Uriah Gambit
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In the morning David wrote a letter to Joab and sent it with Uriah. In it he wrote, “Put Uriah out in front where the fighting is fiercest. Then withdraw from him so he will be struck down and die.”
So while Joab had the city under siege, he put Uriah at a place where he knew the strongest defenders were. When the men of the city came out and fought against Joab, some of the men in David’s army fell; moreover, Uriah the Hittite died.

2SAM11:14-17 NIV

Basic Information

The Uriah Gambit is what happens when, for one reason or another, a character's superiors want them dead and accordingly assign them duties that make their death almost inevitable (civillian employers may be obliged to settle for imprisonment instead).

The trope namer comes, as per the flavour text, from The Bible, where David, King of Israel had impregnated the wife of one of his officers. Having tried - and failed - to get the officer to accept home leave so that he would assume he had fathered the child himself, David then arranged for the unfortunate man to be killed in action. The officer in question was Uriah the Hittite.

Motives for a Uriah gambit can vary immensely, from adultery to simple dislike of the target - and something similar might apply to a pirate captain, sailing on account, who leads his crew into a bloody battle to increase the size of the shares paid to the survivors. Witnesses to a superior's corruption or cowardice are also likely victims - as may be those who are only imagined to know too much. Equally, incompetent, stupid or disruptive men may be abandoned to enemy action, as may unwanted members of various conspiracies.

Sources

Bibliography
1. 2 Samuel chapter 11 (King James Version) — the source of the story of Uriah
2. 2 Samuel chapter 12 — End of the story in which David's crime is brought to light
3. 1 Samuel Chapter 18 — Earlier, David was the victim of an attempted Uriah gambit: King Saul demanded that David bring him the foreskins of 100 Philistines as a bride-price for his daughter, hoping that David would get killed in trying. It didn't work.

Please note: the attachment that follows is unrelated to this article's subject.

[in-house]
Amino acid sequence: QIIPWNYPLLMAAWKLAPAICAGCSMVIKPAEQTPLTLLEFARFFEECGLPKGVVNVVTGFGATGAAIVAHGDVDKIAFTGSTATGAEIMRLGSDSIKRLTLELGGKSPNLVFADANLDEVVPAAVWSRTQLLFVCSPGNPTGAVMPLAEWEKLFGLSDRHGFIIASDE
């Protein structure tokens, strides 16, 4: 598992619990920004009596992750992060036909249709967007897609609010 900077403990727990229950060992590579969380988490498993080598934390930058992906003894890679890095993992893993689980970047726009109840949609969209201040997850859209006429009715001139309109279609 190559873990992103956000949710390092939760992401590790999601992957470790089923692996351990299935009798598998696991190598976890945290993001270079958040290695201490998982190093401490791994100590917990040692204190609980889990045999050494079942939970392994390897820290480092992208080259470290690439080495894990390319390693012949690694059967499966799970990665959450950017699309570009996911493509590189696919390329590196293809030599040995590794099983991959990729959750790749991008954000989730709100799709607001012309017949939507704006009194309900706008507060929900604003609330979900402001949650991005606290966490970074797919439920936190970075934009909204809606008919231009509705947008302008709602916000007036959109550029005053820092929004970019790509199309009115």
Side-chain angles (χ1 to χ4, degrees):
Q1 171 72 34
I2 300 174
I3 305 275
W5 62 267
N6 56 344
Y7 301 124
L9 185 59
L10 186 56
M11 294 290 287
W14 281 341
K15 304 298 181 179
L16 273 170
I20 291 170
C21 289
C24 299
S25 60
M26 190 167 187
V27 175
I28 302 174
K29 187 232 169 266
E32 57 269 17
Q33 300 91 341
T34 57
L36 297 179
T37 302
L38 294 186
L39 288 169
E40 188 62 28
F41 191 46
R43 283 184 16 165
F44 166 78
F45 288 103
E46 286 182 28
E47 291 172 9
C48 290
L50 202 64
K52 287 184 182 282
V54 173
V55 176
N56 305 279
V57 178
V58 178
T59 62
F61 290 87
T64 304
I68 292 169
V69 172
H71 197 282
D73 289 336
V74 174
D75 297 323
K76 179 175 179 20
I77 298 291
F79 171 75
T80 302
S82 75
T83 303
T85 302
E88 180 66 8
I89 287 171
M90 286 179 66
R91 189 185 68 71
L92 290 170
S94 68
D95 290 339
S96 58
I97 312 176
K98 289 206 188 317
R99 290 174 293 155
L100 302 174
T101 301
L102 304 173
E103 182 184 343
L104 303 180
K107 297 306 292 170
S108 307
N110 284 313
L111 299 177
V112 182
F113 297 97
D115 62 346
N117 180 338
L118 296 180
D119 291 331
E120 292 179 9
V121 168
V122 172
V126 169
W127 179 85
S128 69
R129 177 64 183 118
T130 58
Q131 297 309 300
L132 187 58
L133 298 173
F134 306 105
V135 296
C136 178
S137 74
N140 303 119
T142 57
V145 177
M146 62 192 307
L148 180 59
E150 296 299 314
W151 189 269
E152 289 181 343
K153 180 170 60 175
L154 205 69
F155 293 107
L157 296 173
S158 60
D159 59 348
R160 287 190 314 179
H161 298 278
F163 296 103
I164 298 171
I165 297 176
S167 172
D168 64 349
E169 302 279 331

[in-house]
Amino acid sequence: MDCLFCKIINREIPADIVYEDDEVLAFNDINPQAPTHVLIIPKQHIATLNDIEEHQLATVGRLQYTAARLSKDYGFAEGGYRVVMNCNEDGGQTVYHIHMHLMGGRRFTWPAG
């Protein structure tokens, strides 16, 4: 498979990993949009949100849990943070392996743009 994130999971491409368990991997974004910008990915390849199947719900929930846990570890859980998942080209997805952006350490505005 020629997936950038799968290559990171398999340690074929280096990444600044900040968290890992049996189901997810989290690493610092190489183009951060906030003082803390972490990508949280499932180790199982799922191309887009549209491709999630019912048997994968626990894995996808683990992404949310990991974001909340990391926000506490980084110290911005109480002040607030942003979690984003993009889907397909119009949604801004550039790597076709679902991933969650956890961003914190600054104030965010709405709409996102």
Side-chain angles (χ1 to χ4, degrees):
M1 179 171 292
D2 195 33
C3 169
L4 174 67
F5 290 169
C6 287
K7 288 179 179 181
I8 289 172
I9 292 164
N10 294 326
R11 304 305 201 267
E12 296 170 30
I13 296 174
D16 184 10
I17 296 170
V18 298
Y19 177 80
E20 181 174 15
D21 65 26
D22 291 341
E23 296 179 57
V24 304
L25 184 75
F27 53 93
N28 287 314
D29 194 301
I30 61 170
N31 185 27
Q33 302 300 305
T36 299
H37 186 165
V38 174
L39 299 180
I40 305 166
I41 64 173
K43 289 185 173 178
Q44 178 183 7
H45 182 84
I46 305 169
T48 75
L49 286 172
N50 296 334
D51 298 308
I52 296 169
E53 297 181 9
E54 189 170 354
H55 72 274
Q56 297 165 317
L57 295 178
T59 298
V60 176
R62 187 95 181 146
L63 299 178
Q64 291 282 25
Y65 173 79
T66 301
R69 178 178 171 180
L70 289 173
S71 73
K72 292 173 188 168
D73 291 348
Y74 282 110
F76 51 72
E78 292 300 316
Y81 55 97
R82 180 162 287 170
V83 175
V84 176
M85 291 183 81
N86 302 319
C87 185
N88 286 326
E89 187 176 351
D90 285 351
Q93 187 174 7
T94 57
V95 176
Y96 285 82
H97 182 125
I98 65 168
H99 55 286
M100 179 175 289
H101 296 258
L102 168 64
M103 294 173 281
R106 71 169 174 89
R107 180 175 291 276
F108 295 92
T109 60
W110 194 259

4. fiction: "The Crooked Man" by Sir Arthur Conan Doyle — Sherlock Holmes story referencing the Uriah story.
5. fiction: "The Sign of the Sword" by C.K. Chesterton — not exactly a Uriah gambit in that the perpetrator does not actually send his enemy to his death, but he does use his command in battle as part of a crime.

Game and Story Use

  • PCs could find themselves in this sort of position for a variety of reasons - an employer might even do it just to avoid paying them, but whistleblowers, the nosey, the excessively ethical and those suspected of disloyalty might find themselves sent on a one-way mission as well.
    • One of the missions in the "Advanced" supplement for Palladium's Recon RPG involved PCs who showed too much interest in the traffic of illegal drugs through Vietnam being sent on a "routine mission" to search for a downed helicopter crew who didn't exist in an area about to play host to a huge movement of NVA troops.
    • Recalling that Uriah was, after all, an officer, the PCs might find themselves on this sort of job by accident as their patron or employer is targetted.
  • Of course, these things can backfire - if the potential Uriah and his men survive, the conspirator(s) may end up going to greater and greater lengths to try and cover up their failure.
    • Then either the Uriah catches them or their own superiors notice (in the original version, Uriah died and the King was only called to account by his superior at a later date).
    • A possible attempt to do this to a young G. Julius Caesar during the siege of Mytilene backfired so badly that he and the men with him were highly decorated - Caesar winning one of Rome's highest honours in the process.
  • PCs may find the remains of (or a dying) a Uriah and inherit evidence of the original offence and a knowledge of the attempted coverup.
  • PCs may find that their enemy is a Uriah, and, if allowed to live, will attack the BBEG under his own steam.
  • Less scrupulous PCs may be tempted to dispose of annoying underlings or other NPCs in this manner…
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